Northern Stage at Home livestream of stage performances
21-30 October 2021: 2 hours 50 minutes
Farnworth-born Jim Cartwright’s Our Town for late 1980s northern Britain has become seen as something of a classic of its time.
Its scenes of the lives of working-class people in a land of no-work, as if witnessed by all-seeing eyes through the walls of one street (it’s even lost half its name, hence “ … Road” as the title) are bleak, dark, pessimistic and end on a note of pure desperation, without a hint of redemption.
It made Cartwright’s name, and he went on to write The Rise and Fall of Little Voice and much more.
Were the late 80s really that bad? Maybe. The only thing the play has to offer at the end is “escape”. Perhaps many did.
Newcastle based Northern Stage, with artistic boss Natalie Ibu directing, have re-homed it from Lancashire to their own Tyneside turf. But it’s still essentially the same play – only the regional voice sounds have changed. There’s no attempt to Geordie-ise it – no mention of pit closures and strikes – or update it. It’s still a piece of its period, and if you don’t know what collecting your giro meant, or who Otis Redding was, then you’ll have to find out.
That’s what I really liked about the production: it’s faithful to its subject and done with loving attention to detail. The two-level, multiple-interior set is brilliantly designed by Amelia Jan Hankin. And they’ve done all they can to lighten things up at the interval, as DJ Bisto presides with glitterball and Beatoven Disco, and bags of chips are handed round the audience – but that’s really only short-term contrast to the encircling gloom of the play itself.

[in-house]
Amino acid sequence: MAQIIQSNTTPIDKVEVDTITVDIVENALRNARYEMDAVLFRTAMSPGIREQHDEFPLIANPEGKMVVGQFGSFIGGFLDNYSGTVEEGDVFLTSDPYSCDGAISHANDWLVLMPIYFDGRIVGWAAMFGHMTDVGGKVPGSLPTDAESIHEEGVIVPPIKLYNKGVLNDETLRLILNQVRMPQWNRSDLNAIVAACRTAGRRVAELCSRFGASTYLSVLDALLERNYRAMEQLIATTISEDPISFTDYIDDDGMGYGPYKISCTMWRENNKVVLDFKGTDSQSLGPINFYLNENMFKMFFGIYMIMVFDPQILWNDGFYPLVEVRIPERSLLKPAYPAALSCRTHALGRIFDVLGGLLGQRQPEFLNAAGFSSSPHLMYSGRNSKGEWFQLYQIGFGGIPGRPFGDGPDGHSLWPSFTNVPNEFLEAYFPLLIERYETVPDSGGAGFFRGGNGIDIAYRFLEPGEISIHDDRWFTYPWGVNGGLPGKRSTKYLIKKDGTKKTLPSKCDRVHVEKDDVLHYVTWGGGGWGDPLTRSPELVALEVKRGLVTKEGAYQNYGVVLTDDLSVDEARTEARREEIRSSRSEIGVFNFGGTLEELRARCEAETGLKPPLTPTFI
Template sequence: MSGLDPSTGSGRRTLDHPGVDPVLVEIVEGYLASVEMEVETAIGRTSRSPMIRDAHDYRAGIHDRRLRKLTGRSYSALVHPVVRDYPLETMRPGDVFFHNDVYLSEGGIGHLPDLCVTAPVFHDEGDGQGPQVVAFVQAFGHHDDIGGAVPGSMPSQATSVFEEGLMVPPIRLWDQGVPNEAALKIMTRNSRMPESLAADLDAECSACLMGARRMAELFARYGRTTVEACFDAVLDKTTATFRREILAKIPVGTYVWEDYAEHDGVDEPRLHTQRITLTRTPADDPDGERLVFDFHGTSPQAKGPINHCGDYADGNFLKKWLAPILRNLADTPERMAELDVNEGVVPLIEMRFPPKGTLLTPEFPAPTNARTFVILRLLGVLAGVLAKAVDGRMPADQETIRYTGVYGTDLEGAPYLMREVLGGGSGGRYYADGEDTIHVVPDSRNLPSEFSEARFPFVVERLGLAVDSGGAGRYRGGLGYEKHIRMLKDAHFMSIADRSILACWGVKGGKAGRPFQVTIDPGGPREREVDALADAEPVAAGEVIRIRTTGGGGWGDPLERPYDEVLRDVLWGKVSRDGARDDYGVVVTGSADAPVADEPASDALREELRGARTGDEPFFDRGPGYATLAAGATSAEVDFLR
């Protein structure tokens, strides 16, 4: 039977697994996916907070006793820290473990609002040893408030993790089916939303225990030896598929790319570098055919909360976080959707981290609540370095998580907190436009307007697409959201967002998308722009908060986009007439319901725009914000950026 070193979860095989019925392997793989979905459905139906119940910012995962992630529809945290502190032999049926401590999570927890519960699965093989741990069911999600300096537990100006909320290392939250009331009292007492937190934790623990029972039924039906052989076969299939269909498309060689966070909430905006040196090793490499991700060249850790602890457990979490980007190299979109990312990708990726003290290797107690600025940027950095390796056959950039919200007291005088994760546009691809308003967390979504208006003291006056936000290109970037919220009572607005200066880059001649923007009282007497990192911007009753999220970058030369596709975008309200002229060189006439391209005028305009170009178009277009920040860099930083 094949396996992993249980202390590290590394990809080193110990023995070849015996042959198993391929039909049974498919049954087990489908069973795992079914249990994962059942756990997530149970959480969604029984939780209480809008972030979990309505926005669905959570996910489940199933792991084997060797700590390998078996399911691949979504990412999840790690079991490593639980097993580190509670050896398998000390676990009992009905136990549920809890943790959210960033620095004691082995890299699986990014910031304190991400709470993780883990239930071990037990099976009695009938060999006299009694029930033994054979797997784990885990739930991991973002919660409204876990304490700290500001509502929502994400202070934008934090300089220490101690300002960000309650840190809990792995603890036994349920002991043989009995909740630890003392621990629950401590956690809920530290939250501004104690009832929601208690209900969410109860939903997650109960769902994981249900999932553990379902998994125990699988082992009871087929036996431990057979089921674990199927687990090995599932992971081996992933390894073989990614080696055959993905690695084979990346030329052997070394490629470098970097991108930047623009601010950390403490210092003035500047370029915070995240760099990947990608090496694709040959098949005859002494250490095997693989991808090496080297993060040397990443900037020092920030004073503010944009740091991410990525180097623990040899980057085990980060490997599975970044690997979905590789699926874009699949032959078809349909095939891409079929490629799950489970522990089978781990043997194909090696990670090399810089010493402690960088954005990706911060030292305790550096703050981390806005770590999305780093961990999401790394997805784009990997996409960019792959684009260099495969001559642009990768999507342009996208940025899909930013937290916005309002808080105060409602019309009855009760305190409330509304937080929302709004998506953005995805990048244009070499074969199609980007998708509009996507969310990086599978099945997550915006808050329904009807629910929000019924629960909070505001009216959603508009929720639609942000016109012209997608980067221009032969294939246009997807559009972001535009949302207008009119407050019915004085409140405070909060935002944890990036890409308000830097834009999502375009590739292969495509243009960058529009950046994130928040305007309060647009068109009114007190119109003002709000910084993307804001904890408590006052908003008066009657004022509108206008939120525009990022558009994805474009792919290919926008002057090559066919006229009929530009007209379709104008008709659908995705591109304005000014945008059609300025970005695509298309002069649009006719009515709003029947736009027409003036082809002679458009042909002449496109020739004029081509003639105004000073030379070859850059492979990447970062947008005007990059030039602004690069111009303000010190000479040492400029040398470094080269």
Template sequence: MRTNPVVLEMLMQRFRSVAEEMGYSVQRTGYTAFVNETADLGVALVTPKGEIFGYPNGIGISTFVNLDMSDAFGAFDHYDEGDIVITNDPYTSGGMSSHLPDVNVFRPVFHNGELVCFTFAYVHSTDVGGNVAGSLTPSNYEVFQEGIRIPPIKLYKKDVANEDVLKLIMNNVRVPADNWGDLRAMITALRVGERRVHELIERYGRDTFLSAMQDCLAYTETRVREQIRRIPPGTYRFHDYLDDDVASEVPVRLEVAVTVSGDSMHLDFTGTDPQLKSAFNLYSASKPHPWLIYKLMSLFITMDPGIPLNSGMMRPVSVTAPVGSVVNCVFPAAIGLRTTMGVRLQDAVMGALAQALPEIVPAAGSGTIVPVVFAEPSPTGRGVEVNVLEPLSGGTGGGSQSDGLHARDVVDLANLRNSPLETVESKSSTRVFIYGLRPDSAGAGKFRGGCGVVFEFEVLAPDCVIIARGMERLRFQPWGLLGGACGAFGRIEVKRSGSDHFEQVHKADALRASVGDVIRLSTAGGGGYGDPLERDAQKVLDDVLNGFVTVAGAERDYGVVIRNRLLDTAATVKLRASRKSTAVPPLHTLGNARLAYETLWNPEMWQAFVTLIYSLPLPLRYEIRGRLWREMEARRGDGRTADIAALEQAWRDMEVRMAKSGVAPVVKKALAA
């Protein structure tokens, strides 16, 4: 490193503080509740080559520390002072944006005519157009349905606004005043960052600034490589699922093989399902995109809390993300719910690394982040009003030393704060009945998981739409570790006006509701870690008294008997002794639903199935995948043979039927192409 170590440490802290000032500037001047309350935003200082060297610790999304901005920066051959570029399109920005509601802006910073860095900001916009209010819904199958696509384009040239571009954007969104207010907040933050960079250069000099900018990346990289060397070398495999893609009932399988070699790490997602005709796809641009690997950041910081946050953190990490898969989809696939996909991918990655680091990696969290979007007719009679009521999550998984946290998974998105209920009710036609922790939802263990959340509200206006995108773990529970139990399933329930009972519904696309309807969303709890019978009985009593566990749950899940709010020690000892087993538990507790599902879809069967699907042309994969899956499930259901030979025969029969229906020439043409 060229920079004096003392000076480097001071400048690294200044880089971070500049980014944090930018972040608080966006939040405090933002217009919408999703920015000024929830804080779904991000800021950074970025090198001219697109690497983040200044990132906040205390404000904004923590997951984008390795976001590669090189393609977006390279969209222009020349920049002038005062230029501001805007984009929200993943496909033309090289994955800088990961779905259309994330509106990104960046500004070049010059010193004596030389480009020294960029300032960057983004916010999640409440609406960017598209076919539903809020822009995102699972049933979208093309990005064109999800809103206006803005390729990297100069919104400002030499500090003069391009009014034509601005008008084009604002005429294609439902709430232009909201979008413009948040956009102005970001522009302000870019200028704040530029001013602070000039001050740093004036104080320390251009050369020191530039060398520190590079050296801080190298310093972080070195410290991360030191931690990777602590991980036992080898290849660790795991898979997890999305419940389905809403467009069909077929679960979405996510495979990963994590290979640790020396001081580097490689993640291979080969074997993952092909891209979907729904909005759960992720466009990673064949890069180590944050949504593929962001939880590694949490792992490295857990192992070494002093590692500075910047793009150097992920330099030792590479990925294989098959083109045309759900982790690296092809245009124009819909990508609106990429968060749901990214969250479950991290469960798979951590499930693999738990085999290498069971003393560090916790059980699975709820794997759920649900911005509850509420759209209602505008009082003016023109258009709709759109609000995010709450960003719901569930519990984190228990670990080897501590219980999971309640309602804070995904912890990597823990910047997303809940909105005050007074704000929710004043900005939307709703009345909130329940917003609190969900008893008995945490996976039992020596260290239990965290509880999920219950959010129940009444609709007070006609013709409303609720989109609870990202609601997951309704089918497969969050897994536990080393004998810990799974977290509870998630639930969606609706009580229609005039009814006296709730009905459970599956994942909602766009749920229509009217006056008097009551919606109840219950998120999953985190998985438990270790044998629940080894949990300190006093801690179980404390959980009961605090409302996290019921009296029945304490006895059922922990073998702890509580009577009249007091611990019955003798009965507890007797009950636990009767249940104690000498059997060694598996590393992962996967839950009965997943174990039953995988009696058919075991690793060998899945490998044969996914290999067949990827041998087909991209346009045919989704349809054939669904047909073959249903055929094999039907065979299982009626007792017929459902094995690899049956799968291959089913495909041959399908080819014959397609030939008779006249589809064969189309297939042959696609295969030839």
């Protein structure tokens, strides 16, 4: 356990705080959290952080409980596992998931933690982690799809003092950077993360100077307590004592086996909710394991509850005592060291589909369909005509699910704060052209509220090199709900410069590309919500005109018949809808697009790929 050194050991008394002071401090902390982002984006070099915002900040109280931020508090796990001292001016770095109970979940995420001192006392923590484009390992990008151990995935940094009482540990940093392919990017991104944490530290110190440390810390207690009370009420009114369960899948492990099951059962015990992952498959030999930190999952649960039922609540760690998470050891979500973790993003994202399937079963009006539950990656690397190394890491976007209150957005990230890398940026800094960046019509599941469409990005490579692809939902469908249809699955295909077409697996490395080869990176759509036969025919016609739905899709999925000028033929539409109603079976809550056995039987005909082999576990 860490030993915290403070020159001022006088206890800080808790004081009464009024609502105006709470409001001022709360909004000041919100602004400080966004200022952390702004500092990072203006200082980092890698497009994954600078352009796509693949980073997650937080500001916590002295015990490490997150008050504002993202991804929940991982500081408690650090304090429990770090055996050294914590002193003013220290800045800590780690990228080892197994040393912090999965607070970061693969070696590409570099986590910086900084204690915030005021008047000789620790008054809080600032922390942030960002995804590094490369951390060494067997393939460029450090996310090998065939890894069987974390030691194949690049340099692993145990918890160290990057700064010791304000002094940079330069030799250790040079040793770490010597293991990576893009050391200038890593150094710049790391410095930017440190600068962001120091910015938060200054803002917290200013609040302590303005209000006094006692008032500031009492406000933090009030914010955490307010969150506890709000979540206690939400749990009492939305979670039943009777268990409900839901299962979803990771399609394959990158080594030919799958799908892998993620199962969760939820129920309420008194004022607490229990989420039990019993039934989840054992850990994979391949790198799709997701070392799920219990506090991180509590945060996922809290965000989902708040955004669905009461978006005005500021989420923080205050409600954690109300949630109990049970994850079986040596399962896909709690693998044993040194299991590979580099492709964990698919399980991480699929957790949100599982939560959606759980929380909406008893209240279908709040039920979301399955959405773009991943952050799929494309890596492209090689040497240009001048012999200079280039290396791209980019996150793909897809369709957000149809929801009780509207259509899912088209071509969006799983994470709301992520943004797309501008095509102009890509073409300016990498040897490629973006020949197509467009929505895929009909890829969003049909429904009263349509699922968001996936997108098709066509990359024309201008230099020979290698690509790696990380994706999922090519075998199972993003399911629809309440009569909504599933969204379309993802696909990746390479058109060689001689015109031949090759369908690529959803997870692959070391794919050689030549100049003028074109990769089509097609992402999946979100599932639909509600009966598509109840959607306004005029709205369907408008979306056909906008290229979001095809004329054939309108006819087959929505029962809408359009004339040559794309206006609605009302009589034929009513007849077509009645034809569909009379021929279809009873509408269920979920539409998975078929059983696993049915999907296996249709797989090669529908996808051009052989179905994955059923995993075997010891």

It requires a very big cast, and Northern Stage follow their principle of inclusivity by choosing on a colour-blind basis (since they all talk North-Eastern, that never jars, and if you object to Cartwright’s use of the word “black” to mean depressive, then that’s your problem) and without identifying individual actors’ roles. Several have more than one – except for Scullery, the character who hosts the whole show, beautifully played by Michael Hodgson. I’d also distinguish Ike Bennett and Ruby Crepin-Glyne in their portrayals of Joey and Clare, who have some of the most eloquent writing in the play as it focusses on the Road’s younger inhabitants and anguish and anger become ever more its focus.
Northern Stage at Home is the streamed alternative to attendance in person at the theatre in Barras Bridge near Newcastle Civic Centre, and though the show is presented with a fair variety of camera positions and zooming-in and out, it suffers a bit from mic positioning at the front of the stage, so speakers who aren’t front and centre are picked up with some added hall acoustic.
Age guidance: 14+. Access via www.northernstage.co.uk/event/at-home-road